Status Report

Pluto’s atmosphere – 29 June 2015 ground-based stellar occultation at time of New Horizons flyby

By SpaceRef Editor
January 25, 2016
Filed under , ,

B. Sicardy, J. Talbot, E. Meza, J. I. B. Camargo, J. Desmars, D. Gault, D. Herald, S. Kerr, H. Pavlov, F. Braga-Ribas, M. Assafin, G. Benedetti-Rossi, A. Dias-Oliveira, A. Ramos-Gomes-Jr., R. Vieira-Martins, D. Berard, P. Kervella, J. Lecacheux, E. Lellouch, W. Beisker, D. Dunham, M. Jelinek, R. Duffard, J. L. Ortiz, A. J. Castro-Tirado, R. Cunniffe, R. Querel, P. A. Yock, A. A. Cole, A. B. Giles, K. M. Hill, J. P. Beaulieu, M. Harnisch, R. Jansen, A. Pennell, S. Todd, W. H. Allen, P. B. Graham, B. Loader, G. McKay, J. Milner, S. Parker, M. A. Barry, J. Bradshaw, J. Broughton, L. Davis, H. Devillepoix, J. Drummond, L. Field, M. Forbes, D. Giles, R. Glassey, R. Groom, D. Hooper, R. Horvat, G. Hudson, R. Idaczyk, D. Jenke, B. Lade, J. Newman, P. Nosworthy, P. Purcell, P. F. Skilton, M. Streamer, et al. (4 additional authors not shown)
(Submitted on 21 Jan 2016)

We present results from a multi-chord Pluto stellar occultation observed on 29 June 2015 from New Zealand and Australia. This occurred only two weeks before the NASA New Horizons flyby of the Pluto system and serves as a useful comparison between ground-based and space results. We find that Pluto’s atmosphere is still expanding, with a significant pressure increase of 5 +/- 2% since 2013 and a factor of almost three since 1988. This trend rules out, as of today, an atmospheric collapse associated with Pluto’s recession from the Sun. A central flash, a rare occurrence, was observed from several sites in New Zealand. The flash shape and amplitude are compatible with a spherical and transparent atmospheric layer of roughly 3 km in thickness whose base lies at about 4 km above Pluto’s surface, and where an average thermal gradient of about 5 K/km prevails. We discuss the possibility that small departures between the observed and modeled flash are caused by local topographic features (mountains) along Pluto’s limb that block the stellar light. Finally, using two possible temperature profiles, and extrapolating our pressure profile from our deepest accessible level down to the surface, we estimate a range of 12.4-13.2 microbar for the surface pressure.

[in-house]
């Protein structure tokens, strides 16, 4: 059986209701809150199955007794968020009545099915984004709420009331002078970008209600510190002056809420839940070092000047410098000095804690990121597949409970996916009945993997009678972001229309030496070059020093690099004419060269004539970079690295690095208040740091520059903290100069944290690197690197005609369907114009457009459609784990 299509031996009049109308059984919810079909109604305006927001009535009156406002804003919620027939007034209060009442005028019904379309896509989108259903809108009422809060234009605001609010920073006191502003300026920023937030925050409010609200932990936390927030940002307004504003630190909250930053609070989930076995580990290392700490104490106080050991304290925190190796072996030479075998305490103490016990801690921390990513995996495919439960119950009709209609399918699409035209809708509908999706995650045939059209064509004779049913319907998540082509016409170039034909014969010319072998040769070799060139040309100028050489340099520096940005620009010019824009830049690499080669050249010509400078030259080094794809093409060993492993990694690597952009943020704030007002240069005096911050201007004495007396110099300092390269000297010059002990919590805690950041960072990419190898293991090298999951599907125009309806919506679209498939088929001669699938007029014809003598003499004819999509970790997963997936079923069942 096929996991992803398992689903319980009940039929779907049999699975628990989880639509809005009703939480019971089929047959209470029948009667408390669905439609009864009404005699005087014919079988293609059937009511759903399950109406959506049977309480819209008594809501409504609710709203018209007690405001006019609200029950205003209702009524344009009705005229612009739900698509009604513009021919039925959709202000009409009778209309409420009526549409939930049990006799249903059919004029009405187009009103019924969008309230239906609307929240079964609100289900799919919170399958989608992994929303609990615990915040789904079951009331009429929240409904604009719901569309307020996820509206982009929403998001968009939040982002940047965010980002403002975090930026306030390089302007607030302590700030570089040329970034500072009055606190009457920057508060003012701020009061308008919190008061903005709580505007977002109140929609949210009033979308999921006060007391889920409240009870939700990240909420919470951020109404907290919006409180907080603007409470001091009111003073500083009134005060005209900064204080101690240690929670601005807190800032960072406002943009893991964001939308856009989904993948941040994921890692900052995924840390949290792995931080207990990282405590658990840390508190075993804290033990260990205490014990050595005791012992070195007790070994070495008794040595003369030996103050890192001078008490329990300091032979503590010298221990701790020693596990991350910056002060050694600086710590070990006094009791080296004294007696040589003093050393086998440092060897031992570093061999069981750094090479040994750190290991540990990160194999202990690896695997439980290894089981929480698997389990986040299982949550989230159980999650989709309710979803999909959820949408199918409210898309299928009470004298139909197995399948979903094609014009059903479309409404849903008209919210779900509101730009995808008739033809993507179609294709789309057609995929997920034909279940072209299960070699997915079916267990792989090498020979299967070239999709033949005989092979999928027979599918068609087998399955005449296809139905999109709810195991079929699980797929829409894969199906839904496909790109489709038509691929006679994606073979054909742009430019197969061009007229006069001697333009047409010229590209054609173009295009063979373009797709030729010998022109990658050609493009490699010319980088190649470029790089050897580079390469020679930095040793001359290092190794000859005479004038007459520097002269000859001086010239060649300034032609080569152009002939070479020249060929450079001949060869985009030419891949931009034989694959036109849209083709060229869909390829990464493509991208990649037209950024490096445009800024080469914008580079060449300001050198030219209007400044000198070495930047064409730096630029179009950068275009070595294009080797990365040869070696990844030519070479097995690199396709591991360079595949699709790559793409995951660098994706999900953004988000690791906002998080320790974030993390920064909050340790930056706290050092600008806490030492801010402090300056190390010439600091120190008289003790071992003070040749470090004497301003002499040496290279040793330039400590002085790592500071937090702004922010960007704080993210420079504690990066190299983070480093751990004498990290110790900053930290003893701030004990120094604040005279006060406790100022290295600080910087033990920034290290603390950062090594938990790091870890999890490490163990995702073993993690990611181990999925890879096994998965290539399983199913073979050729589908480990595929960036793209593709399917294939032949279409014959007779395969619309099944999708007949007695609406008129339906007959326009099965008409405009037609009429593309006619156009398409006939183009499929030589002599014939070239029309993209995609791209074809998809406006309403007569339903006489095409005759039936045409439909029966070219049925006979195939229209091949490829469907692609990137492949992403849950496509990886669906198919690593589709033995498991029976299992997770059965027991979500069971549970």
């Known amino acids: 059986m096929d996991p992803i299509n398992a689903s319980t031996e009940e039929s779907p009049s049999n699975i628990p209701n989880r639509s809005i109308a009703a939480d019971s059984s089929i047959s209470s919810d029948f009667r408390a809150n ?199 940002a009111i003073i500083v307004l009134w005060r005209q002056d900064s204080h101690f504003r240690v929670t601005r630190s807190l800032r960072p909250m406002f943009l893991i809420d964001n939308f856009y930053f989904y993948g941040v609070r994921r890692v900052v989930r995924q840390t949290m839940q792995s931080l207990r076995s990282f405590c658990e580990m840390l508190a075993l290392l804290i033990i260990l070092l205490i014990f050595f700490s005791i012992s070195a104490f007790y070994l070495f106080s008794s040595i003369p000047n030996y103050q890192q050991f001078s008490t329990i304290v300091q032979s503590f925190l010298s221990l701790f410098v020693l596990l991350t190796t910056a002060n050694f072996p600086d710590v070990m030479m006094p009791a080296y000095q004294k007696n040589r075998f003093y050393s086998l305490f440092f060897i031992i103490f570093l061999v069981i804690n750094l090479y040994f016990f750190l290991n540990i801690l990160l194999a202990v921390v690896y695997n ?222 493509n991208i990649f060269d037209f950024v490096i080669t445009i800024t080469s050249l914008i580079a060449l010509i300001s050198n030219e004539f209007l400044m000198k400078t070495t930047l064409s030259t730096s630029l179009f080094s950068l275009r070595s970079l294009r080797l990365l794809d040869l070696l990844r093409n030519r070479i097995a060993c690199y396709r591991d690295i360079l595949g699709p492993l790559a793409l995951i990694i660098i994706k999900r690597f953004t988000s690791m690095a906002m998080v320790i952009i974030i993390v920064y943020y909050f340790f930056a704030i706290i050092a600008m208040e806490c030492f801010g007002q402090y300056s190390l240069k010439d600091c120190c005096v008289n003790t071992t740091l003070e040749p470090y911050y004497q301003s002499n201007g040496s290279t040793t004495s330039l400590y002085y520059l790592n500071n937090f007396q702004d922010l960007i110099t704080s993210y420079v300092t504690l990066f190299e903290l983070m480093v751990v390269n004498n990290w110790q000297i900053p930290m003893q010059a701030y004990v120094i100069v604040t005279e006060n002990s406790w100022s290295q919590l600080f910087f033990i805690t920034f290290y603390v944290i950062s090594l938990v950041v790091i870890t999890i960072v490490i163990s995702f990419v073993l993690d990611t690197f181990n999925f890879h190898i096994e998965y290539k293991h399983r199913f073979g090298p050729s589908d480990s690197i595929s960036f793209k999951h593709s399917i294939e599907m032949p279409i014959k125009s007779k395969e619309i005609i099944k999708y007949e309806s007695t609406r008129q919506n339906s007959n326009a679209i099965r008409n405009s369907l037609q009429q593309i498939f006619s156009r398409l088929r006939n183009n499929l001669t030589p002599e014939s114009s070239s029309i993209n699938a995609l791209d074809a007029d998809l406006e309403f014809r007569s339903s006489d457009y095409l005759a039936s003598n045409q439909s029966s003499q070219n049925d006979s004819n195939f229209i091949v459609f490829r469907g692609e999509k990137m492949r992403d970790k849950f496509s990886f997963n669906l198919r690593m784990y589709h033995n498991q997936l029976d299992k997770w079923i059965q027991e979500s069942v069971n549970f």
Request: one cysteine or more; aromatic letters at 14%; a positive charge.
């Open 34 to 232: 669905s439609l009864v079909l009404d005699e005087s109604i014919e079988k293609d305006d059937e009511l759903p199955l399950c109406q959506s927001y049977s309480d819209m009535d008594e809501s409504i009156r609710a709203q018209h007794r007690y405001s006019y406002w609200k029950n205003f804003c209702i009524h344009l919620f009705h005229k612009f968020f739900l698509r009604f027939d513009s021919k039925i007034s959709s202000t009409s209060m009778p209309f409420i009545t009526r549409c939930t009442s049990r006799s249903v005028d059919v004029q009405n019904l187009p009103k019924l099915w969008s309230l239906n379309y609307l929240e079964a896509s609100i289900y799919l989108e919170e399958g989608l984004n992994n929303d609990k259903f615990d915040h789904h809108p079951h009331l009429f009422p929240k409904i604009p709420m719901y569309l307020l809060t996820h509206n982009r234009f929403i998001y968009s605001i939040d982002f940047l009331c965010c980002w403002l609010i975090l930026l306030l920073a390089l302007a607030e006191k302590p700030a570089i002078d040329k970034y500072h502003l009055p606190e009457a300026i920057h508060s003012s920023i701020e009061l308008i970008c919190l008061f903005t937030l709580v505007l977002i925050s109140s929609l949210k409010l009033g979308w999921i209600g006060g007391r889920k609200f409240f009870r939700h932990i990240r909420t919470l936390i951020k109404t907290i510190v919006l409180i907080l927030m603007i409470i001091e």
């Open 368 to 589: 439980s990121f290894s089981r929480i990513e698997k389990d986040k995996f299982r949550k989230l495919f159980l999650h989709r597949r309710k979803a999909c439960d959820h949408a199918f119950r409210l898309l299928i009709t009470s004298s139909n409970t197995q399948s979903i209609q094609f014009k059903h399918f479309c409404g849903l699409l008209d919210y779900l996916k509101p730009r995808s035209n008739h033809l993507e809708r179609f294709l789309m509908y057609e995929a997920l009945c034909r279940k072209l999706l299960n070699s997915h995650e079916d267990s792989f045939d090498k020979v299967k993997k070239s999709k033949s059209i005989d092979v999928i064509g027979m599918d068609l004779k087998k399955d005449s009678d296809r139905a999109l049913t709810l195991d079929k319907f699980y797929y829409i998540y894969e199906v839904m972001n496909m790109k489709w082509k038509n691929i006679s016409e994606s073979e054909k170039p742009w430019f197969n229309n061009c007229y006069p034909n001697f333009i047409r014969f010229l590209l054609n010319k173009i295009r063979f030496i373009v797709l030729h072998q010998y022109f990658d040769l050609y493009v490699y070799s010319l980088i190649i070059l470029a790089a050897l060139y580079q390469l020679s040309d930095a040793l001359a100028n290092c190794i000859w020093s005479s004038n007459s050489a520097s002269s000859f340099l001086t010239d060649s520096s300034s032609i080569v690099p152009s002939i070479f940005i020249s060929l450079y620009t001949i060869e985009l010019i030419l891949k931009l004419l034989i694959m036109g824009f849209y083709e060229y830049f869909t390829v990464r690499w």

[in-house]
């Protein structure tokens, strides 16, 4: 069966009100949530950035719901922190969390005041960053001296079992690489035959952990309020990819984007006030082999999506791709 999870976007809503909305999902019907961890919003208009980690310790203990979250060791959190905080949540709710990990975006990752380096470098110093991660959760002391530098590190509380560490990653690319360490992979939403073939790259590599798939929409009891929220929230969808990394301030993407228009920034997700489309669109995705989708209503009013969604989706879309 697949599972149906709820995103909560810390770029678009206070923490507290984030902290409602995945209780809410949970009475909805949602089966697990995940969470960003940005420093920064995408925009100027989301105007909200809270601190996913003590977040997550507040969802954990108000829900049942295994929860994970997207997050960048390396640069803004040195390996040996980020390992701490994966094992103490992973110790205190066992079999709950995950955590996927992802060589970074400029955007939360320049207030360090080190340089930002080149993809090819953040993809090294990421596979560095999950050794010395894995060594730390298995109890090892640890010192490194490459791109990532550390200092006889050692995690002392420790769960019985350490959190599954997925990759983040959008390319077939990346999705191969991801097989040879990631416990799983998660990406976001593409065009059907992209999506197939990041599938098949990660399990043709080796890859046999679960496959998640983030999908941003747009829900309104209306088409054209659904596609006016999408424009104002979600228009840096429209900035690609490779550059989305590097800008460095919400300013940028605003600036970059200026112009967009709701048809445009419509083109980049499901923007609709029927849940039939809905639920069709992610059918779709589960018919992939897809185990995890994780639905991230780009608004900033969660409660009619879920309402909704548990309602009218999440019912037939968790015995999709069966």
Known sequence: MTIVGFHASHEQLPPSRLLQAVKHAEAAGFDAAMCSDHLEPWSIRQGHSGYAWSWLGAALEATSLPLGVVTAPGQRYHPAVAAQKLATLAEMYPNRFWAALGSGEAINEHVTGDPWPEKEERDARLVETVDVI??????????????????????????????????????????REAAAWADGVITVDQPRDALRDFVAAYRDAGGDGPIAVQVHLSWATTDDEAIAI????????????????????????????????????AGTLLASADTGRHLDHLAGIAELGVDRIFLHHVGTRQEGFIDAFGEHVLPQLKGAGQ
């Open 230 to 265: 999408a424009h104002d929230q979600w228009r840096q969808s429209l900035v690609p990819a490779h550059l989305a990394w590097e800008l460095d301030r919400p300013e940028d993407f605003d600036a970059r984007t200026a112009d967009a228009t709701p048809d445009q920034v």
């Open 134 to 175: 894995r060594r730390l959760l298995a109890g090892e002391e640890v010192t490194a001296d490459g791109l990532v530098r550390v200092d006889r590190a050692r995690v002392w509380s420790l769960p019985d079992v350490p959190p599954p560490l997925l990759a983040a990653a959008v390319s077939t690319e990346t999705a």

Comments: 11 pages, 2 tables, 3 figures
Subjects: Earth and Planetary Astrophysics (astro-ph.EP)
Cite as: arXiv:1601.05672 [astro-ph.EP] (or arXiv:1601.05672v1 [astro-ph.EP] for this version)
Submission history
From: Bruno Sicardy Prof.
[v1] Thu, 21 Jan 2016 15:13:23 GMT (349kb,D)

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